Parkinson Education Series 2019-2020

Education is important for those affected by Parkinson’s disease. Without the education, those affected by Parkinson’s disease and other movement disorders are not able to make the best possible decisions about their health and well being.

Our Parkinson Education Series is more than just talking about the disease itself. We, through our Medical Board, open many windows to a complete circle of care.

Lunch and Learns

  • Pain in PD
  • Pain in PD
  • Parkinson’s disease: Financial, Legal and Medical Planning Tips for Care Partners
  • The Effects of Exercise on PD
  • Dealing with Dementia in PD
  • Anxiety in Parkinson’s Disease
  • More Than Meets the Eye: Vision Symptoms of PD
  • When Parkinson's Interferes with Gastrointestinal Function
  • Medication Side Effects
  • Swallowing and Dental Challenges
  • Caregiving and Parkinson's: Laying the Groundwork for the Road Ahead
  • Sexuality and Intimacy in Parkinson's
  • Improving Communication in Parkinson's Disease: One Voice, Many Listeners
  • Webinar: Demystifying Hallucinations, Night Terrors and Dementia*
  • Under-recognized Nonmotor Symptoms of Parkinson's Disease
  • Driving and Parkinson's: Balancing Independence and Safety
  • Cognition and PD: What You’ve Always Wanted to Know but Were Too Afraid to Ask
  • Fatigue, Sleep Disorders and Parkinson's Disease
  • Legal Issues: Planning Ahead When You are Living with Parkinson's
  • Parkinson’s Disease and its Treatment: Secrets, Myths and Misconceptions
  • New Prospects for Slowing the Progression of Parkinson's Disease

Medical Symposium: The Inter-professional Symposium on Parkinson’s Disease

Wellness Symposium: Living Well with Parkinson’s Disease

Parkinson’s disease progresses over time, often taking years before symptoms appear. Because it develops gradually, most people have many years of productive living after being diagnosed.

The following are some tips for day-to-day activities:


  • If you have a tendency to fall backward or feel lightheaded, move slowly when changing positions.
  • When turning around, don’t pivot your body. Walk forward and make a wide U-turn to avoid sharp turns that could cause you to lose your balance.
  • When arising from bed, sit on the side of the bed for 15 seconds before standing. Stand in place with support for an additional 15 seconds before walking. This can prevent dangerous falls.
  • For balance, try using a single-point cane with a large rubber tip.


A decrease in automatic reflexes complicates trying to do two things at once. Automatic Reflexes work less efficiently if competing sensory stimuli take the patient’s attention away from a motor function. For instance, it may be difficult to walk and look away at something or attend to a conversation at the same time. One learns to minimize distractions for maximal gait and balance control.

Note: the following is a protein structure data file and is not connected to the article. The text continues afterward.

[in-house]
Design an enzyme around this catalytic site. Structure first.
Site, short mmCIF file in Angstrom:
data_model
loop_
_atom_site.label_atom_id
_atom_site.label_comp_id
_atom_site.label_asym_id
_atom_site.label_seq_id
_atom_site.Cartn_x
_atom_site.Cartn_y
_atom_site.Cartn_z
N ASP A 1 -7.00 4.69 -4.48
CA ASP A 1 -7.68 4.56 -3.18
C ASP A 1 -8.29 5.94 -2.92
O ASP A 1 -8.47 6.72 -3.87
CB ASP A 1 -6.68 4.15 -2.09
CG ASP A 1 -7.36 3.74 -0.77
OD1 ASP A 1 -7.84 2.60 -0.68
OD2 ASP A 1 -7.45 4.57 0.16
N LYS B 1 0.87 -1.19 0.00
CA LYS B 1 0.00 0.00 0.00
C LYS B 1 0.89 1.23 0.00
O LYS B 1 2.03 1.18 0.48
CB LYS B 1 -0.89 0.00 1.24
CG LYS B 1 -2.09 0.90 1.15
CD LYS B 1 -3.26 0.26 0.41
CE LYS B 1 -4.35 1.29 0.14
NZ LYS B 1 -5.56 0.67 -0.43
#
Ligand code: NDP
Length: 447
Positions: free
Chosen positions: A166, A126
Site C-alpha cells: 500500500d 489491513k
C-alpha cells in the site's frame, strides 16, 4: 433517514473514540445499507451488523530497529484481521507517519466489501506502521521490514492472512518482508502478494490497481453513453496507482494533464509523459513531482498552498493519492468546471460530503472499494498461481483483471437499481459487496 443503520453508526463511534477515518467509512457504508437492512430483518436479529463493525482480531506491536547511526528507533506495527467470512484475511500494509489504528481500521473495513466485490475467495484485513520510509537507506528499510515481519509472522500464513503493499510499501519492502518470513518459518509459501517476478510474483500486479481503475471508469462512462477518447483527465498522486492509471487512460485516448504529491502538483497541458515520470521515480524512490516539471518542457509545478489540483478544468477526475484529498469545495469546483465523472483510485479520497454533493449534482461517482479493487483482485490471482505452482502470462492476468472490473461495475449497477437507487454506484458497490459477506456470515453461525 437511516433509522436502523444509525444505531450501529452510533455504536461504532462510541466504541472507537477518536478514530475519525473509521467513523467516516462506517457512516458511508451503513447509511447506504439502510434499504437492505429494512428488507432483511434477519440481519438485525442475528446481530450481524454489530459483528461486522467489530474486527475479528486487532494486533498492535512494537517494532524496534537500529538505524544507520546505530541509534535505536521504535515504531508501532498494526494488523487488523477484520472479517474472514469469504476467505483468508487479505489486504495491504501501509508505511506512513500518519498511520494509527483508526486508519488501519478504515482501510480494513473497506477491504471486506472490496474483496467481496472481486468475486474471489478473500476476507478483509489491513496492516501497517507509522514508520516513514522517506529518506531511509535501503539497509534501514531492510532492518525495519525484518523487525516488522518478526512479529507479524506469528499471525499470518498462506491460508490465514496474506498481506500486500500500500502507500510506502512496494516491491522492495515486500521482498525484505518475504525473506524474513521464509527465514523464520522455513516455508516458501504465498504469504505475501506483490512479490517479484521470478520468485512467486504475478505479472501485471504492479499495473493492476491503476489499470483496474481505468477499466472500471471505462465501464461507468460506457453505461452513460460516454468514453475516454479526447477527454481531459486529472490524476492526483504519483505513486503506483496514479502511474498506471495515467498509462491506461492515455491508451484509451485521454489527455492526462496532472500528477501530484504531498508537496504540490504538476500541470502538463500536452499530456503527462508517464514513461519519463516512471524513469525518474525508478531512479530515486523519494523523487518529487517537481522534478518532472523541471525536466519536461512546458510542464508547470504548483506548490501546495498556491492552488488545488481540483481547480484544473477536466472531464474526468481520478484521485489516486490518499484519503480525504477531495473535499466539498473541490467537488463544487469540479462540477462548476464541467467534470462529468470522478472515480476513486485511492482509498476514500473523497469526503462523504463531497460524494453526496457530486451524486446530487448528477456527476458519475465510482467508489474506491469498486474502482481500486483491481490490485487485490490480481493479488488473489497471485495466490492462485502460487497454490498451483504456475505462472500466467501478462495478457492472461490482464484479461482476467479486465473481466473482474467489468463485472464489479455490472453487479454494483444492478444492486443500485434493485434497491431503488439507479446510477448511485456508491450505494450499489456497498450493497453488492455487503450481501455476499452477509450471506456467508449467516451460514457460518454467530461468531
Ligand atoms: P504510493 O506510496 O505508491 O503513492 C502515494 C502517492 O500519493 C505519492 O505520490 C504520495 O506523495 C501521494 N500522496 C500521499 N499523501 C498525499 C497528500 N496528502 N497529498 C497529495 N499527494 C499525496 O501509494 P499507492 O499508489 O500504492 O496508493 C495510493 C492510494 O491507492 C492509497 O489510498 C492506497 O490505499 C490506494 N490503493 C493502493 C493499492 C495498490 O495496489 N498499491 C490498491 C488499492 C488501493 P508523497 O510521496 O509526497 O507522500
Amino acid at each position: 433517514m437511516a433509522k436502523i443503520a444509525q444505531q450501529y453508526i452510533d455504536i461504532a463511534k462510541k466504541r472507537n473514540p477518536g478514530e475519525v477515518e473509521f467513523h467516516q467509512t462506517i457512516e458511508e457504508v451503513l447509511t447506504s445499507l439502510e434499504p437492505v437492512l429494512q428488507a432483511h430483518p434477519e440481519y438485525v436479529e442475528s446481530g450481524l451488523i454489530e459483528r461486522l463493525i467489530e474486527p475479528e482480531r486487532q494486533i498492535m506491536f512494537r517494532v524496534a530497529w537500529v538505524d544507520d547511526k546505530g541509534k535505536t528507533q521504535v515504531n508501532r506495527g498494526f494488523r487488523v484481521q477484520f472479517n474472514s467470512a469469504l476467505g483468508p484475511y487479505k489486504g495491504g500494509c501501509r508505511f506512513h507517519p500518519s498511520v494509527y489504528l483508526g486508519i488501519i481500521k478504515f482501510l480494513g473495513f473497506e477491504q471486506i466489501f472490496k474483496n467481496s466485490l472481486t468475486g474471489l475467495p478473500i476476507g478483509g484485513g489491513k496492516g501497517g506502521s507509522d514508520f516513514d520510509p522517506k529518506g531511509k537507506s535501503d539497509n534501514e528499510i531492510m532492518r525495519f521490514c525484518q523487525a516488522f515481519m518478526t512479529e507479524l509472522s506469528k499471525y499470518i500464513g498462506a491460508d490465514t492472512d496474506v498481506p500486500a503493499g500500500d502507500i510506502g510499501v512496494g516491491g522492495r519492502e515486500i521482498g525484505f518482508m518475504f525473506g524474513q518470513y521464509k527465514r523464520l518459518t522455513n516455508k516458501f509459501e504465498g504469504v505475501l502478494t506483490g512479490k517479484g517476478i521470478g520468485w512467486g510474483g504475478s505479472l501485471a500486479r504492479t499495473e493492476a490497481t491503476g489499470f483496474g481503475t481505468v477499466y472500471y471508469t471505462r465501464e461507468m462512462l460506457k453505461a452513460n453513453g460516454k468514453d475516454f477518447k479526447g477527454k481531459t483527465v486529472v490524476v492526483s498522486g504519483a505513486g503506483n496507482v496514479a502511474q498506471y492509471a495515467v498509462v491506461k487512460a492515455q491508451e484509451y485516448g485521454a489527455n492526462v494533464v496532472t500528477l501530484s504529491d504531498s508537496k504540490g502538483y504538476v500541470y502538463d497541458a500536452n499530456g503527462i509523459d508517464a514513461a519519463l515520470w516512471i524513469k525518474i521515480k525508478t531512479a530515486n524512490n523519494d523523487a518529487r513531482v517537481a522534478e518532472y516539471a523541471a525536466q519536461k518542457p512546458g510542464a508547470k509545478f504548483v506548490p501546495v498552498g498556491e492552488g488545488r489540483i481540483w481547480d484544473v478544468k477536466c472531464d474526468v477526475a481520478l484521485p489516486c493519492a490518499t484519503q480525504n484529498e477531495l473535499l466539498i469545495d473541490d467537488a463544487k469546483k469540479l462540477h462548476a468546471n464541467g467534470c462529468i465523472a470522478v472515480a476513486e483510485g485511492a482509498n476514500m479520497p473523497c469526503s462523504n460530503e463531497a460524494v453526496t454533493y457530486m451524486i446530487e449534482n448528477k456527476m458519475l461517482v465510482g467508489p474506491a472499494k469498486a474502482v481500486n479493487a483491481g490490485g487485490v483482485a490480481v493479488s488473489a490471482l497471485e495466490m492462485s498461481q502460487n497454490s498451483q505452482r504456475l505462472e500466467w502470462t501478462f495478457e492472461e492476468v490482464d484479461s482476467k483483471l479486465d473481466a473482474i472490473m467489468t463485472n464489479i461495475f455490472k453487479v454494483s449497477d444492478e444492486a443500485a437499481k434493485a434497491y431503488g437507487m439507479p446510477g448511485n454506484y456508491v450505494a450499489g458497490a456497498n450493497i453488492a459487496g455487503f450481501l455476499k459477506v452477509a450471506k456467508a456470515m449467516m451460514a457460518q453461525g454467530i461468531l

If you have to stand for an extended period, keep your feet slightly apart for better balance.

If getting out of a chair is difficult, place your feet directly under your knees and stand up firmly to overcome the pull of gravity. Rather than bearing excessive weight on the hands and arms to stand erect, use the large thigh muscles to propel the body upward. Practicing this maneuver strengthens the quadriceps muscle and helps maintain independent ambulation.


Avoid shoes with rubber or crepe soles. These stick to the floor and may cause you to trip.

Consciously lift your feet when you walk. This will help you to keep from shuffling or falling due to foot drag.

Don’t carry objects in both hands when you walk! This can cause you to lose your balance.

Swing both arms freely when walking; this may require a deliberate effort, since the automatic nature of many movements is diminished in Parkinson’s. Gently swinging the arms helps maintain balance and lessens fatigue.

If feet feel frozen or “glued to the floor” when initiating movement, several physical strategies can break the pattern: One can step over an actual or imaginary obstacle in the path to continue forward motion. Rocking from side-to-side also can break the sensation of being “stuck in place.” It is not helpful for a companion to pull the patient forward or urge the patient verbally to “hurry up,” this will often prolong the freezing episode.

Pheasting with the Physician

  • Diagnosis PD, Now What? Managing the First Few Years with Parkinson’s
  • Gait, Balance and Falls in Parkinson's Disease
  • What's New in Genetics and Parkinson's?
  • Impulsive and Compulsive Behaviors in Parkinson’s
  • Understanding Pain in Parkinson's
  • Medication Side Effects
  • New Prospects for Slowing the Progression of Parkinson's Disease
  • Physical Therapy & PD: What You Need to Know
  • Parkinson's Medications: Today and Tomorrow
  • Webinar: Demystifying Hallucinations, Night Terrors and Dementia*